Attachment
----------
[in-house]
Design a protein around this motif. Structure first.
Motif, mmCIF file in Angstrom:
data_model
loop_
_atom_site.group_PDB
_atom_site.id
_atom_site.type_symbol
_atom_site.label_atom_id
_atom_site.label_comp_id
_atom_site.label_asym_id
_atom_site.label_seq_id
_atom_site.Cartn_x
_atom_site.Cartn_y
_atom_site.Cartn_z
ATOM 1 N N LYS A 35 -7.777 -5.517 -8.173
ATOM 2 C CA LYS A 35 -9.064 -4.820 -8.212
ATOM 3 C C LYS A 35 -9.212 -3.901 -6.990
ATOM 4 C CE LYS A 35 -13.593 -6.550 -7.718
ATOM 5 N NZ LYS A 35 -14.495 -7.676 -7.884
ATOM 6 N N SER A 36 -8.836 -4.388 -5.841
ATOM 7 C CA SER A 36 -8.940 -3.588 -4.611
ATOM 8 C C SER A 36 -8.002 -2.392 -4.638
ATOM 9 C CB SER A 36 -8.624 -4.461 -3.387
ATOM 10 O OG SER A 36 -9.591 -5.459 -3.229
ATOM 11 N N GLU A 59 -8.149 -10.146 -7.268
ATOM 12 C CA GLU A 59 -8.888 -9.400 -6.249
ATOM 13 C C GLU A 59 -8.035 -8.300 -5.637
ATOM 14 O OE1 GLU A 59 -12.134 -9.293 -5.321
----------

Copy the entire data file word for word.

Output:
[in-house]
Design a protein around this motif. Structure first.
Motif, mmCIF file in Angstrom:
data_model
loop_
_atom_site.group_PDB
_atom_site.id
_atom_site.type_symbol
_atom_site.label_atom_id
_atom_site.label_comp_id
_atom_site.label_asym_id
_atom_site.label_seq_id
_atom_site.Cartn_x
_atom_site.Cartn_y
_atom_site.Cartn_z
ATOM 1 N N LYS A 35 -7.777 -5.517 -8.173
ATOM 2 C CA LYS A 35 -9.064 -4.820 -8.212
ATOM 3 C C LYS A 35 -9.212 -3.901 -6.990
ATOM 4 C CE LYS A 35 -13.593 -6.550 -7.718
ATOM 5 N NZ LYS A 35 -14.495 -7.676 -7.884
ATOM 6 N N SER A 36 -8.836 -4.388 -5.841
ATOM 7 C CA SER A 36 -8.940 -3.588 -4.611
ATOM 8 C C SER A 36 -8.002 -2.392 -4.638
ATOM 9 C CB SER A 36 -8.624 -4.461 -3.387
ATOM 10 O OG SER A 36 -9.591 -5.459 -3.229
ATOM 11 N N GLU A 59 -8.149 -10.146 -7.268
ATOM 12 C CA GLU A 59 -8.888 -9.400 -6.249
ATOM 13 C C GLU A 59 -8.035 -8.300 -5.637
ATOM 14 O OE1 GLU A 59 -12.134 -9.293 -5.321